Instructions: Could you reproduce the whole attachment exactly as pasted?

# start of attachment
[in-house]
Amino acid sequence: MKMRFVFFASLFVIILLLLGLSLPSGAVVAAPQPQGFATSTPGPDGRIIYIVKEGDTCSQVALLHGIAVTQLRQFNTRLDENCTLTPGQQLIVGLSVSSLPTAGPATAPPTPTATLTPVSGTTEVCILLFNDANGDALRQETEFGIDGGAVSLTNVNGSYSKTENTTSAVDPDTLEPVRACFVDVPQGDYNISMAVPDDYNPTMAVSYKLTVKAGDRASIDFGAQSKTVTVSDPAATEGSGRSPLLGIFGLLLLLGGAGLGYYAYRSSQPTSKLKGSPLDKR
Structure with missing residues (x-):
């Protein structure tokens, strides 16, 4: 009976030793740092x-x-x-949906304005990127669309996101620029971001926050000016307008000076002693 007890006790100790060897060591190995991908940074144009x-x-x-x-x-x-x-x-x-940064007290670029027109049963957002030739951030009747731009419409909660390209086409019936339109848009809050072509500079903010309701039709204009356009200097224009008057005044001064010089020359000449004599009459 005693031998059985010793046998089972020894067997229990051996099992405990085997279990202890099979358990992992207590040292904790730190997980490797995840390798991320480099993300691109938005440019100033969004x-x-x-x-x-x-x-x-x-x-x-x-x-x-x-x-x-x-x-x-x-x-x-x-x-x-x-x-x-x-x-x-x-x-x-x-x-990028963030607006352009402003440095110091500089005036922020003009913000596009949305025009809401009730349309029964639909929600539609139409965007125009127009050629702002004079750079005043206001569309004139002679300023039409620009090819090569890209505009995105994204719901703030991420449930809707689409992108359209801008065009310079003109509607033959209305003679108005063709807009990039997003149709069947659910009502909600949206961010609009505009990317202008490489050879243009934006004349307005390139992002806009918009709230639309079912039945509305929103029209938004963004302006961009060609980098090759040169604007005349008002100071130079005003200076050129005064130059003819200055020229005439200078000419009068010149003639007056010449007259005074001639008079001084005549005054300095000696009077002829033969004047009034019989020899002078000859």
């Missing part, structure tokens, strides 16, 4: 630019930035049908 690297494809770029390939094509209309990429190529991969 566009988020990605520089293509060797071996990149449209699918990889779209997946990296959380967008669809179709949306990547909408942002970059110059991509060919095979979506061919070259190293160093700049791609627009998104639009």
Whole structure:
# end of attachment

[in-house]
Amino acid sequence: MKMRFVFFASLFVIILLLLGLSLPSGAVVAAPQPQGFATSTPGPDGRIIYIVKEGDTCSQVALLHGIAVTQLRQFNTRLDENCTLTPGQQLIVGLSVSSLPTAGPATAPPTPTATLTPVSGTTEVCILLFNDANGDALRQETEFGIDGGAVSLTNVNGSYSKTENTTSAVDPDTLEPVRACFVDVPQGDYNISMAVPDDYNPTMAVSYKLTVKAGDRASIDFGAQSKTVTVSDPAATEGSGRSPLLGIFGLLLLLGGAGLGYYAYRSSQPTSKLKGSPLDKR
Structure with missing residues (x-):
């Protein structure tokens, strides 16, 4: 009976030793740092x-x-x-949906304005990127669309996101620029971001926050000016307008000076002693 007890006790100790060897060591190995991908940074144009x-x-x-x-x-x-x-x-x-940064007290670029027109049963957002030739951030009747731009419409909660390209086409019936339109848009809050072509500079903010309701039709204009356009200097224009008057005044001064010089020359000449004599009459 005693031998059985010793046998089972020894067997229990051996099992405990085997279990202890099979358990992992207590040292904790730190997980490797995840390798991320480099993300691109938005440019100033969004x-x-x-x-x-x-x-x-x-x-x-x-x-x-x-x-x-x-x-x-x-x-x-x-x-x-x-x-x-x-x-x-x-x-x-x-x-990028963030607006352009402003440095110091500089005036922020003009913000596009949305025009809401009730349309029964639909929600539609139409965007125009127009050629702002004079750079005043206001569309004139002679300023039409620009090819090569890209505009995105994204719901703030991420449930809707689409992108359209801008065009310079003109509607033959209305003679108005063709807009990039997003149709069947659910009502909600949206961010609009505009990317202008490489050879243009934006004349307005390139992002806009918009709230639309079912039945509305929103029209938004963004302006961009060609980098090759040169604007005349008002100071130079005003200076050129005064130059003819200055020229005439200078000419009068010149003639007056010449007259005074001639008079001084005549005054300095000696009077002829033969004047009034019989020899002078000859």
């Missing part, structure tokens, strides 16, 4: 630019930035049908 690297494809770029390939094509209309990429190529991969 566009988020990605520089293509060797071996990149449209699918990889779209997946990296959380967008669809179709949306990547909408942002970059110059991509060919095979979506061919070259190293160093700049791609627009998104639009």
Whole structure: